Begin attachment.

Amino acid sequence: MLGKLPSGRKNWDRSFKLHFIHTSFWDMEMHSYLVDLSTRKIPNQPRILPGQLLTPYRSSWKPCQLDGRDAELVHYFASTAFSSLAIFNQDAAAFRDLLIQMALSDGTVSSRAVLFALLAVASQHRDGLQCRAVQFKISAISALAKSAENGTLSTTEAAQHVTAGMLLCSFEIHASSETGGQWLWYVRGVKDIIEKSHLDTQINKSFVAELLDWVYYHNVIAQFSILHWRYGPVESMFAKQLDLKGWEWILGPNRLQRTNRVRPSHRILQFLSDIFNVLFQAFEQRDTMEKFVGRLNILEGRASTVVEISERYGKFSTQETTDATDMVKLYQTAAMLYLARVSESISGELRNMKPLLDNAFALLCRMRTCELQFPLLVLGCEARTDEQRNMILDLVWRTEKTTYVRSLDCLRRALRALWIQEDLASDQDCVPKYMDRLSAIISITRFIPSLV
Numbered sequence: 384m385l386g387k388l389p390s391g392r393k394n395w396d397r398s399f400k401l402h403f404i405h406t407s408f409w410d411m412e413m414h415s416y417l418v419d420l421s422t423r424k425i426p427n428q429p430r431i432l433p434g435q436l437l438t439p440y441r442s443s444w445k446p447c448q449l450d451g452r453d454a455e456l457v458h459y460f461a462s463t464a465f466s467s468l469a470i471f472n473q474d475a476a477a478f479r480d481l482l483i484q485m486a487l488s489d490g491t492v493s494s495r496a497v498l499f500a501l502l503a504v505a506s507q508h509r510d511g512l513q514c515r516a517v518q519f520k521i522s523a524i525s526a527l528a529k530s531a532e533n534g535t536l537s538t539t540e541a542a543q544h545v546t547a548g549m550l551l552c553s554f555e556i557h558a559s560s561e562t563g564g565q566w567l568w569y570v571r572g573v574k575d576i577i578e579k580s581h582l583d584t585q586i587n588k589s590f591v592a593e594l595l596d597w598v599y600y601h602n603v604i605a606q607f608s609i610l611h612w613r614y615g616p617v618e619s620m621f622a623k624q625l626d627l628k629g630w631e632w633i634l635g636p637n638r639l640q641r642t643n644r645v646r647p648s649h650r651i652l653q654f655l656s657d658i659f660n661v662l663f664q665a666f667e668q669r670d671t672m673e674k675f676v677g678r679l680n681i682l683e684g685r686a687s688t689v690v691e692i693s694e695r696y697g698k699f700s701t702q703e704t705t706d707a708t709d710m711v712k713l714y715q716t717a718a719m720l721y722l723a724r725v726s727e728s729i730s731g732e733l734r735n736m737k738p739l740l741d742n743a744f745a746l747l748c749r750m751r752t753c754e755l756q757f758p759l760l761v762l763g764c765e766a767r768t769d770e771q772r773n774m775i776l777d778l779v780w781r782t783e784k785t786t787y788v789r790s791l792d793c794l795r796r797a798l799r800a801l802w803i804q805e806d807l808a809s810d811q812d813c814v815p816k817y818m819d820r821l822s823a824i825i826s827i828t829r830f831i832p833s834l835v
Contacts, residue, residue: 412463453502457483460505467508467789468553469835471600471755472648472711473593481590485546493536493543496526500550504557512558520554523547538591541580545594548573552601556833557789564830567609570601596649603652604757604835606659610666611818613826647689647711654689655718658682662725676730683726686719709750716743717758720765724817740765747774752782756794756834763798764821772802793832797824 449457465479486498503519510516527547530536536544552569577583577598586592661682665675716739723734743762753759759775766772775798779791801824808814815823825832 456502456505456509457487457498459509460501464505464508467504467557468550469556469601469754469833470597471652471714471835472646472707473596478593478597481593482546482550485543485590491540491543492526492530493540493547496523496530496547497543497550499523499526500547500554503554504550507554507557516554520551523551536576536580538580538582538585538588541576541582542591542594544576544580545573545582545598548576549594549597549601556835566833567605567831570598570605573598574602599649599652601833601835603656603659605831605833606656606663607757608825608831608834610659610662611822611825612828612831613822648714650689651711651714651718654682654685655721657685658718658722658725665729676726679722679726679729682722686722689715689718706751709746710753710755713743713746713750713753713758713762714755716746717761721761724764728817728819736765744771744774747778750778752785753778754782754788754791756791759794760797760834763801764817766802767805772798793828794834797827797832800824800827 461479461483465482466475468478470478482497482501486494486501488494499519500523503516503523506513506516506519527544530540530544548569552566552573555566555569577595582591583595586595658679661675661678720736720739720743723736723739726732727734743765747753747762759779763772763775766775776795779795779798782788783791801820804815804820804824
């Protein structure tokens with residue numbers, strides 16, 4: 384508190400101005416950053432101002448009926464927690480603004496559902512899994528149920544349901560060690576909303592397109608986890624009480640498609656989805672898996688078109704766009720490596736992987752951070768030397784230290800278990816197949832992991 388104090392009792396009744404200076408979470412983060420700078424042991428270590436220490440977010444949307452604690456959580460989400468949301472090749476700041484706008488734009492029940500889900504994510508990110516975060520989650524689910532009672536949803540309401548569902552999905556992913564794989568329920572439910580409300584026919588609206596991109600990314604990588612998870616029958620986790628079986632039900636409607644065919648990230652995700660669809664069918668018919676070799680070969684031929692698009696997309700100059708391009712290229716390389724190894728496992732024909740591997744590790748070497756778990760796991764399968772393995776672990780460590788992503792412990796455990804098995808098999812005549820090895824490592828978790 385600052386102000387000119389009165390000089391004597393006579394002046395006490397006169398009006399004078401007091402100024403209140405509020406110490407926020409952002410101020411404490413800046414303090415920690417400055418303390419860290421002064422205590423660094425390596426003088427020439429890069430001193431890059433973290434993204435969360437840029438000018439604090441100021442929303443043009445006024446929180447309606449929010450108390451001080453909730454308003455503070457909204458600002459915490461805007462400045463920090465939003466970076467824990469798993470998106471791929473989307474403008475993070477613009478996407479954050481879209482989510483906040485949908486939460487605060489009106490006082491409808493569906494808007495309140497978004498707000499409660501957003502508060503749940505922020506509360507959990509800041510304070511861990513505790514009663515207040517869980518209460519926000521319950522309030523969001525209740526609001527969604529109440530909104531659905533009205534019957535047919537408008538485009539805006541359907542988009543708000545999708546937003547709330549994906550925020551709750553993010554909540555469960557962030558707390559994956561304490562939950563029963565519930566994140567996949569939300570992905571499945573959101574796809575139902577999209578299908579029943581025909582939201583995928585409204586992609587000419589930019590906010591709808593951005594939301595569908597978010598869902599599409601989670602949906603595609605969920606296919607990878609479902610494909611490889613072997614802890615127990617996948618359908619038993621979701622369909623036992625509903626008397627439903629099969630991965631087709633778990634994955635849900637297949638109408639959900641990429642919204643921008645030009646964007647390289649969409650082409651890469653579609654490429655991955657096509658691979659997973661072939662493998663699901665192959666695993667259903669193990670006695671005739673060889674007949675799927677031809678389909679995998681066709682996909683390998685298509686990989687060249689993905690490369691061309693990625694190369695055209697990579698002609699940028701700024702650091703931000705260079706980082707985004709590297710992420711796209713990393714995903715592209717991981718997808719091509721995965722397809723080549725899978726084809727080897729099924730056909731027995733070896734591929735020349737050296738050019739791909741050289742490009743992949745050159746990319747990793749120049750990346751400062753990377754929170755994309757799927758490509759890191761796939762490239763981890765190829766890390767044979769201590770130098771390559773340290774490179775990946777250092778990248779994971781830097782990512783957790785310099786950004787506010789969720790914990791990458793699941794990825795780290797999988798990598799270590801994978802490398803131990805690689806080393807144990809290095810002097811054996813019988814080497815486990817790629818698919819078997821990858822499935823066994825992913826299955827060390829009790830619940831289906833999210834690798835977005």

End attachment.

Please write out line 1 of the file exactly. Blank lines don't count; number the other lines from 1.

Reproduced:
Amino acid sequence: MLGKLPSGRKNWDRSFKLHFIHTSFWDMEMHSYLVDLSTRKIPNQPRILPGQLLTPYRSSWKPCQLDGRDAELVHYFASTAFSSLAIFNQDAAAFRDLLIQMALSDGTVSSRAVLFALLAVASQHRDGLQCRAVQFKISAISALAKSAENGTLSTTEAAQHVTAGMLLCSFEIHASSETGGQWLWYVRGVKDIIEKSHLDTQINKSFVAELLDWVYYHNVIAQFSILHWRYGPVESMFAKQLDLKGWEWILGPNRLQRTNRVRPSHRILQFLSDIFNVLFQAFEQRDTMEKFVGRLNILEGRASTVVEISERYGKFSTQETTDATDMVKLYQTAAMLYLARVSESISGELRNMKPLLDNAFALLCRMRTCELQFPLLVLGCEARTDEQRNMILDLVWRTEKTTYVRSLDCLRRALRALWIQEDLASDQDCVPKYMDRLSAIISITRFIPSLV